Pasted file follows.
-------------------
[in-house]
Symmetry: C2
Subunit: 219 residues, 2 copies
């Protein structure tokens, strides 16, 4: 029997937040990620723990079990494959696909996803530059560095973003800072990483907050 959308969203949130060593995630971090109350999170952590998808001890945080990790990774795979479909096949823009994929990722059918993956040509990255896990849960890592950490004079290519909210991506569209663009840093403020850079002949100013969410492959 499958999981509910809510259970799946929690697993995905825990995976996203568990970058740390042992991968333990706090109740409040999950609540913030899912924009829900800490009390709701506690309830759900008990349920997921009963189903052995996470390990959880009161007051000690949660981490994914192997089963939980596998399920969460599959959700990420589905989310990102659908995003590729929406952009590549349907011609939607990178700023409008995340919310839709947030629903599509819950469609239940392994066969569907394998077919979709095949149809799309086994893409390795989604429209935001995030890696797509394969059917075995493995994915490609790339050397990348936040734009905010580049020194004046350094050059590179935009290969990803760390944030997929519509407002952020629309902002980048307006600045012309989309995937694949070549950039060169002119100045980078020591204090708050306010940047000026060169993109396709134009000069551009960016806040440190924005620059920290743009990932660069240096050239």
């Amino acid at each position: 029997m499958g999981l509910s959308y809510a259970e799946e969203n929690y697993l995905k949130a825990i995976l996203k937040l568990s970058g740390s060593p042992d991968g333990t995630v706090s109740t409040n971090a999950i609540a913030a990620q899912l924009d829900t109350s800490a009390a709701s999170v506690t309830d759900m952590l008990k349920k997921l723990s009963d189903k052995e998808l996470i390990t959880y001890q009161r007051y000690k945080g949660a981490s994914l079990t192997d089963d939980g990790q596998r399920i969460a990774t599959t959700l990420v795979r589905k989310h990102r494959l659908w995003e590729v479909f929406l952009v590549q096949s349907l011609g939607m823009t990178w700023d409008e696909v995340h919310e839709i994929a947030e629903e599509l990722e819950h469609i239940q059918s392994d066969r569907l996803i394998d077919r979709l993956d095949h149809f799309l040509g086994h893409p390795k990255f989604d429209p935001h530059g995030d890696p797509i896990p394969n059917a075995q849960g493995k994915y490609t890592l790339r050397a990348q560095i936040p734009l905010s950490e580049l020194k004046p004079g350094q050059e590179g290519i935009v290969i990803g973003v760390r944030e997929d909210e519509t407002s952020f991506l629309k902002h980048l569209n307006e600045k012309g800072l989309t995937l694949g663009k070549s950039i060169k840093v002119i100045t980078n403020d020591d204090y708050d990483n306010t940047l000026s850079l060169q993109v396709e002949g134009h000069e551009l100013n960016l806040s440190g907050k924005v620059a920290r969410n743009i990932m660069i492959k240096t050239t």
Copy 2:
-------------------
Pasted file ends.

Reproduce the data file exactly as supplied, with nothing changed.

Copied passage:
[in-house]
Symmetry: C2
Subunit: 219 residues, 2 copies
């Protein structure tokens, strides 16, 4: 029997937040990620723990079990494959696909996803530059560095973003800072990483907050 959308969203949130060593995630971090109350999170952590998808001890945080990790990774795979479909096949823009994929990722059918993956040509990255896990849960890592950490004079290519909210991506569209663009840093403020850079002949100013969410492959 499958999981509910809510259970799946929690697993995905825990995976996203568990970058740390042992991968333990706090109740409040999950609540913030899912924009829900800490009390709701506690309830759900008990349920997921009963189903052995996470390990959880009161007051000690949660981490994914192997089963939980596998399920969460599959959700990420589905989310990102659908995003590729929406952009590549349907011609939607990178700023409008995340919310839709947030629903599509819950469609239940392994066969569907394998077919979709095949149809799309086994893409390795989604429209935001995030890696797509394969059917075995493995994915490609790339050397990348936040734009905010580049020194004046350094050059590179935009290969990803760390944030997929519509407002952020629309902002980048307006600045012309989309995937694949070549950039060169002119100045980078020591204090708050306010940047000026060169993109396709134009000069551009960016806040440190924005620059920290743009990932660069240096050239």
């Amino acid at each position: 029997m499958g999981l509910s959308y809510a259970e799946e969203n929690y697993l995905k949130a825990i995976l996203k937040l568990s970058g740390s060593p042992d991968g333990t995630v706090s109740t409040n971090a999950i609540a913030a990620q899912l924009d829900t109350s800490a009390a709701s999170v506690t309830d759900m952590l008990k349920k997921l723990s009963d189903k052995e998808l996470i390990t959880y001890q009161r007051y000690k945080g949660a981490s994914l079990t192997d089963d939980g990790q596998r399920i969460a990774t599959t959700l990420v795979r589905k989310h990102r494959l659908w995003e590729v479909f929406l952009v590549q096949s349907l011609g939607m823009t990178w700023d409008e696909v995340h919310e839709i994929a947030e629903e599509l990722e819950h469609i239940q059918s392994d066969r569907l996803i394998d077919r979709l993956d095949h149809f799309l040509g086994h893409p390795k990255f989604d429209p935001h530059g995030d890696p797509i896990p394969n059917a075995q849960g493995k994915y490609t890592l790339r050397a990348q560095i936040p734009l905010s950490e580049l020194k004046p004079g350094q050059e590179g290519i935009v290969i990803g973003v760390r944030e997929d909210e519509t407002s952020f991506l629309k902002h980048l569209n307006e600045k012309g800072l989309t995937l694949g663009k070549s950039i060169k840093v002119i100045t980078n403020d020591d204090y708050d990483n306010t940047l000026s850079l060169q993109v396709e002949g134009h000069e551009l100013n960016l806040s440190g907050k924005v620059a920290r969410n743009i990932m660069i492959k240096t050239t």
Copy 2: